Gabriela Muro’s mother and stepfather live in a quiet townhome development in west suburban Aurora. The streets are named after trees and the uniform buildings are tidy. Next to the two-car garage is the front door, which opens to a two-story foyer with wood floors. When she was 15 years old Muro started making the drive from this townhome to Chicago’s West Side to buy heroin. The first time she went she made the trip with the friends who had introduced her to heroin.
“So I just remember like getting on 88 and then going to 290 and just going to this ghetto area off of Independence,” said Muro at a recent interview at her parents’ house.
Muro quickly got over her fear of Chicago’s West Side and started making the 60-mile round trip more and more often.
Muro had dealers that she used pretty consistently, a brother and sister that she liked. She’d call them on a cell phone and they’d ask her how much she needed and then they’d tell her where to go. She usually went to their house at Austin and Washington, but sometimes her dealers would be out and about and she’d have to meet them elsewhere.
“Many time’s I’ve had to go to the beauty salon where the girl was getting her hair done and just wait outside until she was done. Many times I’ve just had to go to their house and just have one of their family members come out and give it to us. We’ve had to go to family functions like cook outs,” said Muro.
Muro says she once went to Humboldt Park where the entire extended family was having a party. “And they were all in like, I guess, their little business. They all knew what was going on.”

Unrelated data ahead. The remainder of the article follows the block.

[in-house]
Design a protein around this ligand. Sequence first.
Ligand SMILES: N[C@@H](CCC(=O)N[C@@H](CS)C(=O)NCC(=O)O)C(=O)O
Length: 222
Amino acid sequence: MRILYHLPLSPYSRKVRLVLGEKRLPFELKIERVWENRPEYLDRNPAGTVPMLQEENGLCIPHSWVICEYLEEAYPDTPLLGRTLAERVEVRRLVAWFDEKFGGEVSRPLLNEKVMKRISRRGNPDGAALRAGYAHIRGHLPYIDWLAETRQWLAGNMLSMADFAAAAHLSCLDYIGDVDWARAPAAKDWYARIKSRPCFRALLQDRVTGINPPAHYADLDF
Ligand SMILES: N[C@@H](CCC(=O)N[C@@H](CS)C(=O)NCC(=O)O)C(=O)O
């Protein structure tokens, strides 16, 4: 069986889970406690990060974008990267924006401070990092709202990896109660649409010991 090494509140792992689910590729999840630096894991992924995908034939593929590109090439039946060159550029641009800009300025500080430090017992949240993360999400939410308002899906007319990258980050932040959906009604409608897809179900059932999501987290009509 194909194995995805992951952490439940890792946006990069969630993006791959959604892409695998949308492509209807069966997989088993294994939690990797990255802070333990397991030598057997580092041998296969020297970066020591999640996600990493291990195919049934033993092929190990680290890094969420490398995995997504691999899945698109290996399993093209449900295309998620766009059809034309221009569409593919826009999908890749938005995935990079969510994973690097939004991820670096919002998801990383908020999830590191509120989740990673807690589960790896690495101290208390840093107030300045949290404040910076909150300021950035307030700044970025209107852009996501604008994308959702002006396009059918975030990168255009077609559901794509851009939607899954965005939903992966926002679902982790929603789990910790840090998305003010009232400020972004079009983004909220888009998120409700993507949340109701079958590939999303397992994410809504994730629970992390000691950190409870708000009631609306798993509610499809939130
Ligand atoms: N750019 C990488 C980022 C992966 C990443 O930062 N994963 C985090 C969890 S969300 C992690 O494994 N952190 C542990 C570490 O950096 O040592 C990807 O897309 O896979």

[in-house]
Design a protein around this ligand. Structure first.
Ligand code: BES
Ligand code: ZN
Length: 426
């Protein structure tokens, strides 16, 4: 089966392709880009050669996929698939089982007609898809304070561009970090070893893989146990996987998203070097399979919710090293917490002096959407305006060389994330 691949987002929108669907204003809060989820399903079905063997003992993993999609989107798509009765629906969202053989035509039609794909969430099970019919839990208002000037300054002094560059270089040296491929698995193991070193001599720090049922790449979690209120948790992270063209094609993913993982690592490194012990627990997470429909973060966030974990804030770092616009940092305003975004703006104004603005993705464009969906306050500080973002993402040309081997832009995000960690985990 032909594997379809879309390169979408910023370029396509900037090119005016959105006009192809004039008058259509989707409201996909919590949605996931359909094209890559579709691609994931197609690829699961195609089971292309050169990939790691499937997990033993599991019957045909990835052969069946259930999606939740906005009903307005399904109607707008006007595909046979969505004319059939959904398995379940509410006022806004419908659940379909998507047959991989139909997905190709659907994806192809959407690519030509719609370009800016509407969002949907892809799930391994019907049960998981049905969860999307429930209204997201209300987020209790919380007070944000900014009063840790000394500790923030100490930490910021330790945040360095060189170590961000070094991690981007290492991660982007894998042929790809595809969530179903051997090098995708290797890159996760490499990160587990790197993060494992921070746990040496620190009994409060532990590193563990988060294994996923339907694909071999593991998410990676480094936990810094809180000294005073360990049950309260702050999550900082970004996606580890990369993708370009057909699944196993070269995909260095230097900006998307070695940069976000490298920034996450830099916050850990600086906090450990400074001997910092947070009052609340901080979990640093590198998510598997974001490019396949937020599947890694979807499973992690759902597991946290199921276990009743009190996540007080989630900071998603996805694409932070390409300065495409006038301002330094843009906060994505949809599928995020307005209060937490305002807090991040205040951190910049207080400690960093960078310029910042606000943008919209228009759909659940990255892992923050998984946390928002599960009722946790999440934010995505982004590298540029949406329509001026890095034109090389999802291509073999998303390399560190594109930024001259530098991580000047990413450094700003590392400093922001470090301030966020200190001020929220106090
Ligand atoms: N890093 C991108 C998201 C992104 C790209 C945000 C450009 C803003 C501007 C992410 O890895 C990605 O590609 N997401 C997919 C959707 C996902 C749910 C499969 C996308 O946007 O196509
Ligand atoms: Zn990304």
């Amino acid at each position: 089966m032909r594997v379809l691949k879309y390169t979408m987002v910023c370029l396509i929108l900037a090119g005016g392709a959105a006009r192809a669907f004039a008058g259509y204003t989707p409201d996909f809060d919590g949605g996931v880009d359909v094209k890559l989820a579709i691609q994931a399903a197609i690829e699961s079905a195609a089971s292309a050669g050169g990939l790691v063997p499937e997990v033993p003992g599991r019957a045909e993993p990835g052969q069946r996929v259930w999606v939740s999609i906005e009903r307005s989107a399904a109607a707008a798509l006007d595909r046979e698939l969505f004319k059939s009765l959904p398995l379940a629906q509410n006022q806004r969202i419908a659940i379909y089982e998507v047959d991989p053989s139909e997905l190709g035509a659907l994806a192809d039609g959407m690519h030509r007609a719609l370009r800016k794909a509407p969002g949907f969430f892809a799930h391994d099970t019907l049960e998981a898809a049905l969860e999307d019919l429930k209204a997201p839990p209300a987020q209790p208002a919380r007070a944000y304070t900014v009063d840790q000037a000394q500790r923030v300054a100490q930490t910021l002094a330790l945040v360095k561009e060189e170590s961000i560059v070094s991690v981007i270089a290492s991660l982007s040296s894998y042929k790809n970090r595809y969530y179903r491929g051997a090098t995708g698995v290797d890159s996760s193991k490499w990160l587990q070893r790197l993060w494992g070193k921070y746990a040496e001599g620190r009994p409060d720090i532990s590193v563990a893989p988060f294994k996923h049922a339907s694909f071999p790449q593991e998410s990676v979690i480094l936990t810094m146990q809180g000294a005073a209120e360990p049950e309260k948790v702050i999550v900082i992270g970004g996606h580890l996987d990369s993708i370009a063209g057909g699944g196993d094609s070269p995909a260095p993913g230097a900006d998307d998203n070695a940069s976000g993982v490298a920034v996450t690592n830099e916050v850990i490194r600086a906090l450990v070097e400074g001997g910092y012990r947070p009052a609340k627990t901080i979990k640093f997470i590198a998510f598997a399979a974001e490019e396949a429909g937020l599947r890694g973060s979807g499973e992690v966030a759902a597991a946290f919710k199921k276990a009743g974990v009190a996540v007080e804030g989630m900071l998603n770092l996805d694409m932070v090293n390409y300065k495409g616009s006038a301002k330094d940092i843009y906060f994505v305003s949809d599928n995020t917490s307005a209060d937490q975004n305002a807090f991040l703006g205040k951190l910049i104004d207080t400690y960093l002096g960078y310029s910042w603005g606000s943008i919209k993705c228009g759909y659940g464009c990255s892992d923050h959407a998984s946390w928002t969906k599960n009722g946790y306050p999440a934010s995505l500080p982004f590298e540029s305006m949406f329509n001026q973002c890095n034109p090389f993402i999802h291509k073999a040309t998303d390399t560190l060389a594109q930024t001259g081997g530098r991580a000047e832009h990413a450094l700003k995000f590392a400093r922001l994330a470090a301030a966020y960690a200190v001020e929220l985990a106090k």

The heroin trade relies heavily on networks. Dealers can’t advertise so they use word of mouth and reward users who bring in new business. “Oh yeah, like if we sent people their way they would hook us up with more bags,” Muro said. .
Muro introduced a number of her suburban friends to her dealer. She’s since realized that her friends who got her into heroin and took her to Chicago, they were doing the same thing. They were using her to get more for themselves.
As her addiction deepened, Muro sometimes found herself commuting to the West Side three times a day.
“Well we would spend our whole day just, we would wake up in the morning, go straight to the city, come back, get more money, go back to the city, we were constantly working on getting our next high. It was like a full-time job being a heroin addict,” said Muro.
I-290 is a trigger
Frankie Bauer has been clean for two months but this is his sixth time in rehab. He’s relapsed five times. He’s got to stay away from things that could trigger a relapse and the Eisenhower Expressway is definitely a trigger.
“Your stomach starts churning,” Bauer recounted in an interview at the Blue Island library near the sober living facility where he stays. “Dogs do that, they do that thing with the ringing of the bell. Ring a bell, show a dog meat. Ring a bell, show a dog meat ,and then ring a bell and the dog salivates. That’s how it is with heroin addicts on 290.”
Bauer is 22. He grew up in the western suburbs and remembers his friends prepping their syringes and cooking rigs in the backseat as they headed towards his dealer on Kostner just a couple blocks south of the Eisenhower. He says as soon as he got some heroin he’d pull into an alley and take two minutes to shoot up and then get back on the highway. Or sometimes, he’d shoot up in the parking lot of Rush hospital, which is nearby, just off 290. He and his friends knew the hospital because they also went there for drug treatment.
Bauer usually worked with the same dealer, but if his dealer didn’t have any dope he’d hit the blocks on the West Side.